While the treaties were uniformly one-sided, worse for the Indians was the U.S. government's general failure to perform its obligations. Leaders like Ouray of the Utes, who understood that the terms of the treaties were unequal, also understood that circumstances had changed and accepted the treaty terms as the best hope for tribal survival. They believed that, with a protected territory, annual monetary payments, and enough food to balance the loss of subsistence areas, they could survive the flood of whites moving into their lands. Often they believed they had no choice and simply hoped for the best. Had these obligations been met, many of the saddest events in the collisions between Indians and Euro-Americans would not have happened.
With some important exceptions, the U.S. government delegated the performance of its obligations under these treaties to un- or self-interested bureaucrats and contractors. The positions were filled on the basis of the personal decisions of senior officials, inviting corruption and favoritism. The government agencies involved demonstrated both incompetence and corruption in fulfilling their material obligations. Contracts for goods and services were awarded in the same way and rarely audited. Sometimes malfeasance was due to greed. Others failed to perform their duties out of racist malice toward the Indians. Some were stupid, insensitive, or lazy. Others manipulated the performance of obligations for what they thought were positive objectives, such as assimilation, religious salvation, or maintaining peace.
The delivery of material compensation—annuities, food, and other goods and services—failed at several levels. First, Congress had to appropriate the funds, and sometimes did not do so for political reasons that had nothing to do with treaty obligations to the Indians. Compensation might be delayed, diverted, or embezzled by agency employees. Sometimes it was paid to the wrong person, even to the wrong tribe. Food frequently arrived spoiled and insufficient in quantity to support a tribe deprived of its familiar form of sustenance. The food might be so alien to the recipients that they got sick on it or refused to eat it. A tribe of hunters might be given plows and seed, but no training on how to farm successfully.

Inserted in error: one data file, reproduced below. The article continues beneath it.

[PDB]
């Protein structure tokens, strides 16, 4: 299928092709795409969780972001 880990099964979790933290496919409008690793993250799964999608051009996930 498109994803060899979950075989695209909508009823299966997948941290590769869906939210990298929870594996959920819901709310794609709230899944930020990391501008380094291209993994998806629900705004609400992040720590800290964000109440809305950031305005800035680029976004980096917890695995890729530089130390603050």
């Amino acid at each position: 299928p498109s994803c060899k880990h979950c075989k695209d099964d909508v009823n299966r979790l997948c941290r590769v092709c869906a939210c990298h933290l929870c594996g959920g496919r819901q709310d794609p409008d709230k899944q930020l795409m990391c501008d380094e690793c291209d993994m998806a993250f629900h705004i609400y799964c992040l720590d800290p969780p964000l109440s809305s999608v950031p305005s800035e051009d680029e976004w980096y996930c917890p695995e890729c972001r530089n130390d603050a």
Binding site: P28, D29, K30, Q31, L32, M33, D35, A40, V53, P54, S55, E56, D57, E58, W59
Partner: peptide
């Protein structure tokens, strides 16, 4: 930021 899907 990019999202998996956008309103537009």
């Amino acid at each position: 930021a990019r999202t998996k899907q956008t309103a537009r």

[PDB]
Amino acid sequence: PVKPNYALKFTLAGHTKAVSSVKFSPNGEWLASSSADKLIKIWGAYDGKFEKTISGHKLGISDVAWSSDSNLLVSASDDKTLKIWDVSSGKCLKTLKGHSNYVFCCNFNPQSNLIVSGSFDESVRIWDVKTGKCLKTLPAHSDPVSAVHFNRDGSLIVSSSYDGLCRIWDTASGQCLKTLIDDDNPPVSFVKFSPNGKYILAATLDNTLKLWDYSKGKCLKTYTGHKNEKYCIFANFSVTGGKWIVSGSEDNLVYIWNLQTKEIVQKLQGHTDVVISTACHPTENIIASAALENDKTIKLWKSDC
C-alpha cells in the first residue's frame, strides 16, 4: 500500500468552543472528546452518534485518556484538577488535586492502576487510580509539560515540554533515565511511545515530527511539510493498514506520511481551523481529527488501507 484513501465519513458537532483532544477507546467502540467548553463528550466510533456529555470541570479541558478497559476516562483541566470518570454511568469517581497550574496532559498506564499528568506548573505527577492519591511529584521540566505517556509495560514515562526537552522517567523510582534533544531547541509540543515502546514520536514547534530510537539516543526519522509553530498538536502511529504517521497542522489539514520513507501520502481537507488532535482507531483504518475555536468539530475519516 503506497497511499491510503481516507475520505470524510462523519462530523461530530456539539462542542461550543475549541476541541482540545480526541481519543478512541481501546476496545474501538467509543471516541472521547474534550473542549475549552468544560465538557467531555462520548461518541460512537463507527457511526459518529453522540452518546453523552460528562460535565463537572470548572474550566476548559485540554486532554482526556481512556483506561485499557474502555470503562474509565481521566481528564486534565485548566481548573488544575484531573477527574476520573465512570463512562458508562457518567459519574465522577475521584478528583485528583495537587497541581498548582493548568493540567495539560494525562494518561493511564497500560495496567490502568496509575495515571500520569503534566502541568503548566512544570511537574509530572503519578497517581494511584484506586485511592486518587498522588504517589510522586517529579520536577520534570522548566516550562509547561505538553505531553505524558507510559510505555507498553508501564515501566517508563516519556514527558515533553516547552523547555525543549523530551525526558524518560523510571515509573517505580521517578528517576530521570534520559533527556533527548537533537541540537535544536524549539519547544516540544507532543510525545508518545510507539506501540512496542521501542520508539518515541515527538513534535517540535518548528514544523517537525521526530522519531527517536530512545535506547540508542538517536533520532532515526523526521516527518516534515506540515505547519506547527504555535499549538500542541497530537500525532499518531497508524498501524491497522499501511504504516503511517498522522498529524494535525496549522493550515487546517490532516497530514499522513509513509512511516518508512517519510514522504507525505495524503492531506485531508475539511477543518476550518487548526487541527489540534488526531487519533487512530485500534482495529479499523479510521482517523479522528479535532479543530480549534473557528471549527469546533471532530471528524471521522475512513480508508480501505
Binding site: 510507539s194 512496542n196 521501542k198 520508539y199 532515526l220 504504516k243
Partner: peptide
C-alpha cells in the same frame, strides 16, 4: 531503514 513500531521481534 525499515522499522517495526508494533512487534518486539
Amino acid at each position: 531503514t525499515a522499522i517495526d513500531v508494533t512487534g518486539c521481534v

Much of this incompetence and malice might have been tolerated by the Indians had the U.S. government fulfilled its promise to secure their remaining lands from Euro-American infiltration. However, in many instances when a tribe's large tracts of land were desirable or were found to contain gold, the government failed to prevent Euro-American occupation and settlement. Similarly, railroads were seen in the United States as critical to the nation's economy, growth, and security. Therefore, obstacles to the extension of rail lines throughout the West were not tolerable. Furthermore, Euro-American land hunger showed little respect for unmarked reservation boundaries. The attitude that "unoccupied" land was there to be taken for "productive" uses—agriculture, ranching, mining, commerce—continued to motivate speculators, developers, and migrants to occupy reservation lands.
The government lacked both the resources and the interest to protect Indian lands from Euro-American occupation. U.S. civil law enforcement and territorial militias did not enforce such restrictions on their own people—on themselves. That left the Army, which was stretched thin, controlled by civilians in Washington ignorant of western conditions, and all too often bigoted against Indians as a race.
In the midst of this misfeasance and malfeasance, many soldiers, government officials, contractors, and other Euro-Americans were both competent and dedicated to what they perceived as the best interests of the Indians. Traders often earned the respect of the Indian nations with which they dealt and served loyally as interpreters for the Indians in treaty negotiations. Agents, commissioners, and soldiers often sent honest and objective reports to Washington, even though their observations were filtered through their cultural biases. Idealists campaigned for the government to fulfill its obligations. However, even the most supportive of Euro-Americans pressed for actions like allotment and residential schools, which would lead to the destruction of the Indians as independent nations and unique cultures.